Thirty-three year-old Lalbiaki is a counsellor with Mizoram’s AIDS Prevention and Control Society. Until last year, she would spend several days on the road every month, travelling the hills and valleys of Champhai in a white-coloured pickup with two colleagues – a lab technician and a driver – scouring the countryside for cases of AIDS.
Located along the Myanmar border, the district of Champhai is one of the principal routes through which drugs enter India. The district has high rates of drug addiction. Several of these addicts have HIV infections as well, the condition that almost inevitably leads to AIDS unless treated. The North East has among the highest prevalence rates of HIV in India, and within the region, Mizoram’s figures are next only to neighbouring Manipur.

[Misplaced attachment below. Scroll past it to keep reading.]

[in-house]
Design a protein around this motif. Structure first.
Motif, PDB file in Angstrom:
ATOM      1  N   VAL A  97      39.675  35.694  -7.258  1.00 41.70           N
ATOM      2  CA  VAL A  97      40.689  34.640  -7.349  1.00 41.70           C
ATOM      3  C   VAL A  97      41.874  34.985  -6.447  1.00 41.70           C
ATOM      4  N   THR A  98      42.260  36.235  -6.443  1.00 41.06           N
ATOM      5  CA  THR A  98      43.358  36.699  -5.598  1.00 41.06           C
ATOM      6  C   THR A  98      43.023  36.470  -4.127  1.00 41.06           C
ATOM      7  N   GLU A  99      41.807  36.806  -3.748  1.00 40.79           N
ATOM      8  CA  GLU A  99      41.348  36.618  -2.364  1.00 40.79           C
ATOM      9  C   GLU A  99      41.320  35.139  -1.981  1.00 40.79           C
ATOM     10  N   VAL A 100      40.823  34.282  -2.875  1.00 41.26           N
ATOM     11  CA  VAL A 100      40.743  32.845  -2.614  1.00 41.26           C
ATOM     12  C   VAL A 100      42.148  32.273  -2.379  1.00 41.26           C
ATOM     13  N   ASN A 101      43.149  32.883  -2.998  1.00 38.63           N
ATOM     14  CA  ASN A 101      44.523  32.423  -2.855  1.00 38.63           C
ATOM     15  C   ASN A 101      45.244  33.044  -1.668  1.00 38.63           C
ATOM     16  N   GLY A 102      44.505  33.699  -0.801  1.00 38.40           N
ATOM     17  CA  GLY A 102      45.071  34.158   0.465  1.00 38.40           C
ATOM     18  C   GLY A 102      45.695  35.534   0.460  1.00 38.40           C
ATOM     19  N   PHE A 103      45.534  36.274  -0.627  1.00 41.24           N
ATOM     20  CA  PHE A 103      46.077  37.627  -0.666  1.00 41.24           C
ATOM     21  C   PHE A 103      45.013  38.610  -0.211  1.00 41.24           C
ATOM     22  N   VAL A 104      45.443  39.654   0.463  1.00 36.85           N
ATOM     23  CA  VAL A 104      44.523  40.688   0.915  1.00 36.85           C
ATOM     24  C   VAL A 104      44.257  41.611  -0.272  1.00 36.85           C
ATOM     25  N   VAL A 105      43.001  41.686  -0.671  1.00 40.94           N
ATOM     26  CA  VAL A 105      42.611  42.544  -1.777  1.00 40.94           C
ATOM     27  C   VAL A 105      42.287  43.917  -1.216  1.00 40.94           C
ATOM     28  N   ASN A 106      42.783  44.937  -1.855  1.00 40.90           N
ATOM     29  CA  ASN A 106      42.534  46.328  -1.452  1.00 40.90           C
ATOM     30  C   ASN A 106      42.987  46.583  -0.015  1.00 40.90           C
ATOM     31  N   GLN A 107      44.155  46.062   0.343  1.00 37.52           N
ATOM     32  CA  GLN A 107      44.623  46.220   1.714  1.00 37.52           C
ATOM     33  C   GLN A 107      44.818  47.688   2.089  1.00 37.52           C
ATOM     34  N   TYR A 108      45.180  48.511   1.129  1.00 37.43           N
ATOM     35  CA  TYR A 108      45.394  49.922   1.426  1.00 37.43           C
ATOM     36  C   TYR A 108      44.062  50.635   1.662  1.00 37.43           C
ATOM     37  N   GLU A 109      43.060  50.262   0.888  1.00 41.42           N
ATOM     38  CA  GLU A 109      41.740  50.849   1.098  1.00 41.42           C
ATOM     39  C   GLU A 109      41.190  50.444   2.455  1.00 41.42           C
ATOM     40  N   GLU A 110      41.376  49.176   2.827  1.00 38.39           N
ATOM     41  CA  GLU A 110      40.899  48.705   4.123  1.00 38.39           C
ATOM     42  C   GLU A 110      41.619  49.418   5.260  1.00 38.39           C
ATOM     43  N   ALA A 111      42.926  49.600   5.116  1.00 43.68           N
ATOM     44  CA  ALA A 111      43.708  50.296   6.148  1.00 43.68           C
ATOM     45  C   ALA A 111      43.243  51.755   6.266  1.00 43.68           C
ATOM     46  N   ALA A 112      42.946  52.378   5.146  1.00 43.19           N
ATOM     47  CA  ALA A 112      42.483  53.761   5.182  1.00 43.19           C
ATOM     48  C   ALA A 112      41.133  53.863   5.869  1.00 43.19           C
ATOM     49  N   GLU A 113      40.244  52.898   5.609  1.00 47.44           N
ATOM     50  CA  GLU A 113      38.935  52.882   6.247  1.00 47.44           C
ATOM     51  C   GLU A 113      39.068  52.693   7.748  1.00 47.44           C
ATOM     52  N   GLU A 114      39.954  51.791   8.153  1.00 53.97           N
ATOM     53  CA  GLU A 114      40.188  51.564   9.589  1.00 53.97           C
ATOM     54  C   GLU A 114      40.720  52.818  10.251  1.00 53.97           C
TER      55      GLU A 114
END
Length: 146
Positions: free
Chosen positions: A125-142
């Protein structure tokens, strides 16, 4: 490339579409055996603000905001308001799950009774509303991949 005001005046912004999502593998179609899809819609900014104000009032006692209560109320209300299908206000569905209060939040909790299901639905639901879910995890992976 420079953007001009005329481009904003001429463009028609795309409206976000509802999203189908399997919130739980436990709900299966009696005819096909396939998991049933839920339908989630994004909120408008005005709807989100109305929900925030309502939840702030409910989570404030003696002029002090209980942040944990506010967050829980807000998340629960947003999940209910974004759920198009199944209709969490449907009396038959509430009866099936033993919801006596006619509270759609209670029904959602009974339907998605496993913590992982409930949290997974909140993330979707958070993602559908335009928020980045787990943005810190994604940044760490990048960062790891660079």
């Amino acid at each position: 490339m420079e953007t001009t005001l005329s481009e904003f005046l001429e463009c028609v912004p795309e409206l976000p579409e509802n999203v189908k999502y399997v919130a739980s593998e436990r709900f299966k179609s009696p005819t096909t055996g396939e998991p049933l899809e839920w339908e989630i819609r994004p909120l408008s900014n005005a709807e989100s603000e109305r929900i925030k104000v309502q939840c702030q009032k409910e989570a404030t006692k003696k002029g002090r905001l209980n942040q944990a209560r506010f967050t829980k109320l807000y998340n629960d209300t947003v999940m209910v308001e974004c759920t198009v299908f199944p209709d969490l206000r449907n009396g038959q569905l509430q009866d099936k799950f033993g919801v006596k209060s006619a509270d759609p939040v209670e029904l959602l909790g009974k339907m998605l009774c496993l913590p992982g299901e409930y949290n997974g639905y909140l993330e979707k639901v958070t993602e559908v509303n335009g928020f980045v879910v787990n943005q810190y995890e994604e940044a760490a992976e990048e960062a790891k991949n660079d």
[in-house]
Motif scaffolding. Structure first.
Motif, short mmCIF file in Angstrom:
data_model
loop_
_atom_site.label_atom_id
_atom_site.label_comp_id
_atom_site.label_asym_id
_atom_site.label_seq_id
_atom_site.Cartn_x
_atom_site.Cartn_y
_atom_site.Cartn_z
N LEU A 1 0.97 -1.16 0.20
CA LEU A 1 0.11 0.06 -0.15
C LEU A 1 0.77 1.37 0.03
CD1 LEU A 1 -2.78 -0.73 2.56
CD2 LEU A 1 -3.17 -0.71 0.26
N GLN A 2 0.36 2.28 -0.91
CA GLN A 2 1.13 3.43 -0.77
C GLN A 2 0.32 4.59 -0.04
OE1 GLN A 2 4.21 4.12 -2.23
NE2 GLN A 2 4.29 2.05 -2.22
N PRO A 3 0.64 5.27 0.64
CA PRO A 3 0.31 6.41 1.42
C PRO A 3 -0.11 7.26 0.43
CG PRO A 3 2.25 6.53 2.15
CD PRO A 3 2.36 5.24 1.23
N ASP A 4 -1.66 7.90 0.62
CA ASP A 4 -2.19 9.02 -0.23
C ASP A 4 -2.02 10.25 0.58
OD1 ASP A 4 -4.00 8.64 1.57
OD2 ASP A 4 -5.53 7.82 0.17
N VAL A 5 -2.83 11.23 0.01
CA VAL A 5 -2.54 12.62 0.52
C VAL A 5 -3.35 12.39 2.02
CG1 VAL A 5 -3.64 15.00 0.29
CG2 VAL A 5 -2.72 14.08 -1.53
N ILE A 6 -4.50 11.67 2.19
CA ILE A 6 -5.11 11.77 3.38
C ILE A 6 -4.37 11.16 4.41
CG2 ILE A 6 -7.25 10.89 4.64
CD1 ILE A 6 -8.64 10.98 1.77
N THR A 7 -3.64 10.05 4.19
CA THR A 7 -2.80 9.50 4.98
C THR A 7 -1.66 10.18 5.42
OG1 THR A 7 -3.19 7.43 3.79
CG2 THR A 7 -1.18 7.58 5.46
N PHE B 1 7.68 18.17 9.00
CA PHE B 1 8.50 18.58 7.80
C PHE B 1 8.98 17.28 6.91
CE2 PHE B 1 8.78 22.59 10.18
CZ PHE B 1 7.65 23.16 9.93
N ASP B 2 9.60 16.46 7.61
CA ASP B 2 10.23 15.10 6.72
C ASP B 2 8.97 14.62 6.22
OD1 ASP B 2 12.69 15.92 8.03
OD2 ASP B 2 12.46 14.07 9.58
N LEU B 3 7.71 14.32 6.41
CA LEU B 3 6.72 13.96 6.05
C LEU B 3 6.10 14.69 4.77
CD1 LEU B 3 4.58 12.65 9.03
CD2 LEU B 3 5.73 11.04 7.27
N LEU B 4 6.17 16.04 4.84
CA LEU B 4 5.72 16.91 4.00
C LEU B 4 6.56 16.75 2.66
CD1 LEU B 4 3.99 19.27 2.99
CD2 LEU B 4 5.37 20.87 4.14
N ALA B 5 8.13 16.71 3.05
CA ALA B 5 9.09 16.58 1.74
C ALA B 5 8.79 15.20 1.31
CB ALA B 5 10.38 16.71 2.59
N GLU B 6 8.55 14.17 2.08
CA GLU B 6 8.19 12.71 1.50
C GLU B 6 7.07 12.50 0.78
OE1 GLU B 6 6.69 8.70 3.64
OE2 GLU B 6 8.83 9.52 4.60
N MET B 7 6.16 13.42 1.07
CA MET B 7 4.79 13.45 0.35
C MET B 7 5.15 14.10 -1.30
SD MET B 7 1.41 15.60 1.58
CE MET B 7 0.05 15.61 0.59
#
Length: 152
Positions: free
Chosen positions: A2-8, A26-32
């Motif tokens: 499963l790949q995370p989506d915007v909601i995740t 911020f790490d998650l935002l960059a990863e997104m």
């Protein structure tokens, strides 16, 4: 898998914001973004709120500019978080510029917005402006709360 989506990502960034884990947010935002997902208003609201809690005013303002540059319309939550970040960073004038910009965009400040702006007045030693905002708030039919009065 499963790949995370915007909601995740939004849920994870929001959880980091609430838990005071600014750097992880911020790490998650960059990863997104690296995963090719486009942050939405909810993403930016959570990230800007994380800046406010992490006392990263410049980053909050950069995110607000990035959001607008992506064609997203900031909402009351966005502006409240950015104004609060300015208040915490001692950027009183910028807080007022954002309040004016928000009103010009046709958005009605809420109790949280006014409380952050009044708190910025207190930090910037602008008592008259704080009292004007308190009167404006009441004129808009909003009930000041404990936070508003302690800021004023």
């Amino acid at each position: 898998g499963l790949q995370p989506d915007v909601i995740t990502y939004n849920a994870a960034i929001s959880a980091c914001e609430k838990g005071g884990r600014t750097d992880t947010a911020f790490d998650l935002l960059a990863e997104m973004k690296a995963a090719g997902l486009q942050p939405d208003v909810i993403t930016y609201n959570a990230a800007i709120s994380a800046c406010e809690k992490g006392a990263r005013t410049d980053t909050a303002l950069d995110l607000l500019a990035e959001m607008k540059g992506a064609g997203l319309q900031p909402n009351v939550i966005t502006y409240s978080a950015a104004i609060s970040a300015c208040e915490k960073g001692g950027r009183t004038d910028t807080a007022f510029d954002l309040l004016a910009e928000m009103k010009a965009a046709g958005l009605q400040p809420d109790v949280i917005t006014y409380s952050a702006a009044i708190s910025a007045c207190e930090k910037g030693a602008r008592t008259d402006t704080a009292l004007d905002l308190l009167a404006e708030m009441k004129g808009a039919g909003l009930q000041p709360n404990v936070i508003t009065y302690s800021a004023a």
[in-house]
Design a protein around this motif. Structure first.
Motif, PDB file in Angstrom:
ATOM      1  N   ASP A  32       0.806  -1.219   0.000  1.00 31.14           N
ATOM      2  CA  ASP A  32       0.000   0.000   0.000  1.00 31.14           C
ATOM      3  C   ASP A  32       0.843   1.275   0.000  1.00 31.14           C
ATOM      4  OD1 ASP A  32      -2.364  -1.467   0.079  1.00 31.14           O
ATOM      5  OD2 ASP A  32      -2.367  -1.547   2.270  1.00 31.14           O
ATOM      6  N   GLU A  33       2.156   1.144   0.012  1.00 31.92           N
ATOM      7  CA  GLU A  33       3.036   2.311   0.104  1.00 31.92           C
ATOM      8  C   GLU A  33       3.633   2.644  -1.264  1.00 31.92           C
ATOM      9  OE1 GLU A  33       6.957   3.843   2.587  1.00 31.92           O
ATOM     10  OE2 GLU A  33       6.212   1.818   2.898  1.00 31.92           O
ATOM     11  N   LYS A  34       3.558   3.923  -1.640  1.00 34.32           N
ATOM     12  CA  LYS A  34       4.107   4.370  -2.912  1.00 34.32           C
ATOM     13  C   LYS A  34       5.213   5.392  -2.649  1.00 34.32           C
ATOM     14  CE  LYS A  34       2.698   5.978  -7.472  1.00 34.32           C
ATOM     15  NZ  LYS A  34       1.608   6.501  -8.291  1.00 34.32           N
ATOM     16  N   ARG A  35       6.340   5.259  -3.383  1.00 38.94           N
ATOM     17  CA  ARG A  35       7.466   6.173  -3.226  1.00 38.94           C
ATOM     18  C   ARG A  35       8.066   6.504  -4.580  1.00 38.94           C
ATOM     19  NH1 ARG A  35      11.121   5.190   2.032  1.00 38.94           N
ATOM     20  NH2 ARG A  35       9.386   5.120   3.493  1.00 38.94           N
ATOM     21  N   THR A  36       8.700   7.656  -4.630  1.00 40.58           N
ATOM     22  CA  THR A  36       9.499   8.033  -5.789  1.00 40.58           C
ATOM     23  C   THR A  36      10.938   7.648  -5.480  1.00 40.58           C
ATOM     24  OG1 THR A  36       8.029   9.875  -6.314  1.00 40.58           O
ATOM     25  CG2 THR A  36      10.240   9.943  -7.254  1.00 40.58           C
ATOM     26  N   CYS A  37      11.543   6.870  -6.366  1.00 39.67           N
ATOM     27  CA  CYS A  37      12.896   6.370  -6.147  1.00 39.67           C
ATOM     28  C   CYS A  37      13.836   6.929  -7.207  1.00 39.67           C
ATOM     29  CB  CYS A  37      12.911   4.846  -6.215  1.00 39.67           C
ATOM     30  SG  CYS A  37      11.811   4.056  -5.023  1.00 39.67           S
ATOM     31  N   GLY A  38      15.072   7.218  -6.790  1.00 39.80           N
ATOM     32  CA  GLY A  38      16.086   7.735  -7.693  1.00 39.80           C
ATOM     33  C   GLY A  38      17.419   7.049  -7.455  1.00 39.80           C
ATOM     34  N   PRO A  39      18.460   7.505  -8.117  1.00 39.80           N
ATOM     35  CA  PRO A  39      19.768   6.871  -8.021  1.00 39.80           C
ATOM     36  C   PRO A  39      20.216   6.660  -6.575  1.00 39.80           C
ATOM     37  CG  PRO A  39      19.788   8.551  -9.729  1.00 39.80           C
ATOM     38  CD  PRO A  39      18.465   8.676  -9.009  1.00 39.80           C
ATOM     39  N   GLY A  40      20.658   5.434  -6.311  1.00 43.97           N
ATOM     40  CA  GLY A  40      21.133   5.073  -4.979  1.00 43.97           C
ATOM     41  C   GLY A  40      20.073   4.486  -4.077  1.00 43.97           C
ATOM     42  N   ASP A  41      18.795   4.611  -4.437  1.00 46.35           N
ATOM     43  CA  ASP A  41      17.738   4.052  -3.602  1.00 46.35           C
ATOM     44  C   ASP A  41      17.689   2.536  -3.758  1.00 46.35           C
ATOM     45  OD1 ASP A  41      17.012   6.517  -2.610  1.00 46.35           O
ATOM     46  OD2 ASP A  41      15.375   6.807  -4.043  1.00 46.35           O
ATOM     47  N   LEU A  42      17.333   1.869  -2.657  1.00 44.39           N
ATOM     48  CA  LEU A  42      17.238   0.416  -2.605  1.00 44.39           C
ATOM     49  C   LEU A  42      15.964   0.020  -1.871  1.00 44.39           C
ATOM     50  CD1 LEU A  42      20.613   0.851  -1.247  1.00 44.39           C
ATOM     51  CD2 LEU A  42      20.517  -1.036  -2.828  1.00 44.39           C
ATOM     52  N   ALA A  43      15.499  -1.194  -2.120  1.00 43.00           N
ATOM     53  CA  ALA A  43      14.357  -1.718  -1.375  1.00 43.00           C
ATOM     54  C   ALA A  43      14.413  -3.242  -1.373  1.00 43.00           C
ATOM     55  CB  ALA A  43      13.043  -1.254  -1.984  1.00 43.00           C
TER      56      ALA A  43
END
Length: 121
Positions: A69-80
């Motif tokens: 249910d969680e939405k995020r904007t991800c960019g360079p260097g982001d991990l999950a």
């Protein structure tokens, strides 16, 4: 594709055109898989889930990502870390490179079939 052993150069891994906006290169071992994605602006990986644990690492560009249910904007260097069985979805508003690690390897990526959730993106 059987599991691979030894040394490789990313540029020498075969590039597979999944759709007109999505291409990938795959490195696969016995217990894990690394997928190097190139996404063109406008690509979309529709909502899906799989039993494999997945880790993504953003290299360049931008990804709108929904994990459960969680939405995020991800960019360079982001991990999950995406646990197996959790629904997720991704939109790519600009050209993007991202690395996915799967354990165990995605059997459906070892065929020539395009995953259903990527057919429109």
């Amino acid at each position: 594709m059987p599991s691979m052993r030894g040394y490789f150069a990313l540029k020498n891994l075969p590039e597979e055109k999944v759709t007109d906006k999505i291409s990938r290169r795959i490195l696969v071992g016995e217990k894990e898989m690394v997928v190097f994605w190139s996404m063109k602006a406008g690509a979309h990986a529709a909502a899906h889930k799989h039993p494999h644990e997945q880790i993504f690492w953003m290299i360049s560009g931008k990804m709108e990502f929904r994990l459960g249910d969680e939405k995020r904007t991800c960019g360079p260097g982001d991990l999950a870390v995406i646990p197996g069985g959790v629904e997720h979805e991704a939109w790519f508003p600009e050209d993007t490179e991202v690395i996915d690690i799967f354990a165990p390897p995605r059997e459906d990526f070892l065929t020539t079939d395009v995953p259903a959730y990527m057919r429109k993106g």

This places Lalbiaki’s mobile unit at the vanguard of India’s fight against AIDS. Tasked with spreading awareness about HIV in a high-risk region, and conducting blood tests that could help detect HIV positive cases early, it plays a crucial role in ensuring that the virus does not spill over into the rest of the population.
But for the last couple of months, the unit has been struggling to do its job. In addition to the salaries of the three staffers, its expenses come to Rs 11,000 a month. But between April 2014 and March this year, it received funds only three times.
Out today, my story on why Mizoram’s AIDS crisis is all set to worsen.